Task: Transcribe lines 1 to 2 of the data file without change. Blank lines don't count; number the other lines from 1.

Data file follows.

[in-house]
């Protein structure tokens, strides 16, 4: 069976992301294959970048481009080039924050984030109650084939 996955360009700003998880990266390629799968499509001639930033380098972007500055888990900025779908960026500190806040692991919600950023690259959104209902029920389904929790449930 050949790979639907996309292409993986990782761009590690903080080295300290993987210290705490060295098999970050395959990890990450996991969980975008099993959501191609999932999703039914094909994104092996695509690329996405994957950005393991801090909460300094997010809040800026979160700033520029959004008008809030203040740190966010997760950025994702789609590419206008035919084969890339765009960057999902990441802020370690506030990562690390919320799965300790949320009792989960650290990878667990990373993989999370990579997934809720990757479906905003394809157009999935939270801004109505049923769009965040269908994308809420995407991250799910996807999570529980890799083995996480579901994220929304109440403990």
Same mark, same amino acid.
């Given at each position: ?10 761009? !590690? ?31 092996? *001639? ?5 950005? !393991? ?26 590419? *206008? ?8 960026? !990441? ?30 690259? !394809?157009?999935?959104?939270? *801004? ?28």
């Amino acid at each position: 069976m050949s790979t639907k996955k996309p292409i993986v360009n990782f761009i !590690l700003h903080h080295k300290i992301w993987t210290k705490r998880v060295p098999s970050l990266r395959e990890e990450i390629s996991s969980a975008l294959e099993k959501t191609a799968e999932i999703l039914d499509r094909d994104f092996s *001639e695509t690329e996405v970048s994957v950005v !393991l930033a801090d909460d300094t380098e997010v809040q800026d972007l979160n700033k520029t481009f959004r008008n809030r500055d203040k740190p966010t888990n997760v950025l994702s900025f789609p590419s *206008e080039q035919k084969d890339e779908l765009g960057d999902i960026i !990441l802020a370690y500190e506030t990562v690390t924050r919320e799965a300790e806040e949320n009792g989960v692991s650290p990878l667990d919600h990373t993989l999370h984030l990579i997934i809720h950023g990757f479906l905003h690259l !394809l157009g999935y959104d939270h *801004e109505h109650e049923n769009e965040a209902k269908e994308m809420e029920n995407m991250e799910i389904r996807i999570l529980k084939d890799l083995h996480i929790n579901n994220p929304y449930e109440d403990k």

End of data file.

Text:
[in-house]
């Protein structure tokens, strides 16, 4: 069976992301294959970048481009080039924050984030109650084939 996955360009700003998880990266390629799968499509001639930033380098972007500055888990900025779908960026500190806040692991919600950023690259959104209902029920389904929790449930 050949790979639907996309292409993986990782761009590690903080080295300290993987210290705490060295098999970050395959990890990450996991969980975008099993959501191609999932999703039914094909994104092996695509690329996405994957950005393991801090909460300094997010809040800026979160700033520029959004008008809030203040740190966010997760950025994702789609590419206008035919084969890339765009960057999902990441802020370690506030990562690390919320799965300790949320009792989960650290990878667990990373993989999370990579997934809720990757479906905003394809157009999935939270801004109505049923769009965040269908994308809420995407991250799910996807999570529980890799083995996480579901994220929304109440403990």